Then there are improper payment rates by two official VA third-party administrators of the private care program – TriWest and Health Net. The contractors charged the government for overhead 24%, twice the rate of other private sector health care administrators.
AFGE suggests that Congress use the contract cost principles used by the Federal Employees Health Benefits (FEHB) Program to control private provider health care administrative costs. FEHBP uses the Federal Acquisition Regulation (FAR) to determine the allowability and allocability of costs claimed by contractors.
Congress must also make sure that the VA’s in-house medical accounts are not merged with the private provider accounts under any circumstances.
4. Review of in-house facilities closure should be postponed
The budget calls for $5 million for the Mission Act’s Asset and Infrastructure Review (AIR) Commission to review VA facilities and departments for closure, improvement, and construction.
It’s remarkable that VA employees were able to courageously serve our veterans despite the damage done to the VA’s internal capacity and employee morale during the past four years. Now that the administration has plans to invest in the VA’s in-house capacity, the White House and Congress should delay this review so that the VA and veterans can reap benefits from these investments. We should not rush to privatize even more functions and allow the AIR Commission to cherry pick departments for privatization, jeopardizing the VA’s holistic approach to providing care to veterans who usually require treatment for complex physical and psychiatric issues.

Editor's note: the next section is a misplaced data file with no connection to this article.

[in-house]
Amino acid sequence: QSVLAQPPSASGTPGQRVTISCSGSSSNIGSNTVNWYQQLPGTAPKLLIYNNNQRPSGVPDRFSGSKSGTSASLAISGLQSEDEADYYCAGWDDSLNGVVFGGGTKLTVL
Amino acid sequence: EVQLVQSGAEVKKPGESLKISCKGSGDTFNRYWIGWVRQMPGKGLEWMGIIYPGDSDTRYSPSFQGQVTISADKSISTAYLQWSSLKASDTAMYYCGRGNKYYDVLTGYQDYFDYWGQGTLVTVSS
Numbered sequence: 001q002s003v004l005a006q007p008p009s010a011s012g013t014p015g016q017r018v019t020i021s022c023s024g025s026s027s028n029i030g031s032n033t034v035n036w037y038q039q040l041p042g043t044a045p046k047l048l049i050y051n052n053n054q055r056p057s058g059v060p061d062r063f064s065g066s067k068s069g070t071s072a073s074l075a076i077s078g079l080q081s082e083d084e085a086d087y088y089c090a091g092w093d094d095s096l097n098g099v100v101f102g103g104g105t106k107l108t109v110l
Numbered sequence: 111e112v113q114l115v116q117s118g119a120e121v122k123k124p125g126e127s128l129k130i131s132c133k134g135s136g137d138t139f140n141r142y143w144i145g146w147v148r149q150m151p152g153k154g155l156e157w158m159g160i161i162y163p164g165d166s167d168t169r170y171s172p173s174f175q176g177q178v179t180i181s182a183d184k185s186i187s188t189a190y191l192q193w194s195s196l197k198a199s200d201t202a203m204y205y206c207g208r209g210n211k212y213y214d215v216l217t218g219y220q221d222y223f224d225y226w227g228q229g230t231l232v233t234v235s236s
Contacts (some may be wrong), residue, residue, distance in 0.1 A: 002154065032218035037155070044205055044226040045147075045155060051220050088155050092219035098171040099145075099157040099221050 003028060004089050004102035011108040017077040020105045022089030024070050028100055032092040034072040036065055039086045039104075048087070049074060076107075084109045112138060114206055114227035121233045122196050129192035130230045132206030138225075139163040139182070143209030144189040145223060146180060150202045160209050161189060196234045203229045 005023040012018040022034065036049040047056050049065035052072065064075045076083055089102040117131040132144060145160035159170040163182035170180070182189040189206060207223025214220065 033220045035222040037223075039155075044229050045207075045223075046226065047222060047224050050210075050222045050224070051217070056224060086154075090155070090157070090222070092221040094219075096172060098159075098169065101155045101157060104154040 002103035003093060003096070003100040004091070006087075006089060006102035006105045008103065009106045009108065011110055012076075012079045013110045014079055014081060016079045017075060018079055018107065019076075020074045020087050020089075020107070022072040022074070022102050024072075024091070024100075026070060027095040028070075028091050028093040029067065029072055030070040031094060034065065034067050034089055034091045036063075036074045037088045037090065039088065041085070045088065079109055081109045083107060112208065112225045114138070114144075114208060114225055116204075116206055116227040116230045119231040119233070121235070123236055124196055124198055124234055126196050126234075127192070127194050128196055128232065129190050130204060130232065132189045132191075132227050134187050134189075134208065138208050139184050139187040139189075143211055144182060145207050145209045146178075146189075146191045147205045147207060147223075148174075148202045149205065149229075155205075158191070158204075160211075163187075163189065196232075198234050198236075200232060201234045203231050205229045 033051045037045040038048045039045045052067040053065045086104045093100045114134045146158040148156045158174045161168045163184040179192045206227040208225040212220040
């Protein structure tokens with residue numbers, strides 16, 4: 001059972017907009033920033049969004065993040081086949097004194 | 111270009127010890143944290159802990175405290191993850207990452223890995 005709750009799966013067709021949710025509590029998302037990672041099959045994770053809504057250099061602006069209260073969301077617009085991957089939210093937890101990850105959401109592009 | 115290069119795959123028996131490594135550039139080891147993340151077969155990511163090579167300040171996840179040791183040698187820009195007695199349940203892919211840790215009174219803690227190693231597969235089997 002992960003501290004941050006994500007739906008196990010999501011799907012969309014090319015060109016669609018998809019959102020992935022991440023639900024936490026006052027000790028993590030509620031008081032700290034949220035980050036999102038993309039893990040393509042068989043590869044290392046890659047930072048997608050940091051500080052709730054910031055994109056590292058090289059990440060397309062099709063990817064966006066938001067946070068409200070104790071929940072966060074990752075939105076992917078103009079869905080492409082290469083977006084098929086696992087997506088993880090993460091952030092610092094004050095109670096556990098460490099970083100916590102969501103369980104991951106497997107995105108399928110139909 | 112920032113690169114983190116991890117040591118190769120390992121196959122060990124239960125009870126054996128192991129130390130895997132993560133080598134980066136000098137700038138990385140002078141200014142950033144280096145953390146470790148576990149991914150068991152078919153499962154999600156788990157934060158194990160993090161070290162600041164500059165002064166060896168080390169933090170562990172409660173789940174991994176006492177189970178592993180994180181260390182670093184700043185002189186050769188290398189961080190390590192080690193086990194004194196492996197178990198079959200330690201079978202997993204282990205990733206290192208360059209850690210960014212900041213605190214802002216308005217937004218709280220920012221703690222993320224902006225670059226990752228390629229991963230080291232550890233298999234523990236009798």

5. VA health care professionals need full workplace rights
AFGE urges Congress to pass the VA Employee Fairness Act, which would extend full collective bargaining rights to the VA’s Title 38 workforce.
While VA employees have had collective bargaining rights since 1991, certain workers don’t. Due to the VA’s narrow interpretation of their collective bargaining rights under the law, Title 38 clinicians, including doctors, physician assistants, dentists, registered nurses, optometrists, podiatrists, and expanded-function dental auxiliaries are not allowed to raise grievances about things like staffing shortages or to challenge management violations of pay laws or the VA’s own policies.
“The VA must correct past mistakes and extend full collective bargaining rights and representational rights to its Title 38 workforce. Medical professionals in the private sector have full collective bargaining rights, equivalent to those of workers in other occupations. Only the VA deprives medical professionals of full union rights. Without addressing these issues, the VA will never be able to fully become an employer of choice for medical professionals.”
VA also needs to restore official time for title 38 employees. In April 2019, then VA Secretary Robert Wilkie prohibited these employees from using official time to represent and defend their coworkers. As a result, Title 38 union reps have been forced to take leave and work off the clock to perform their duties for the last two years.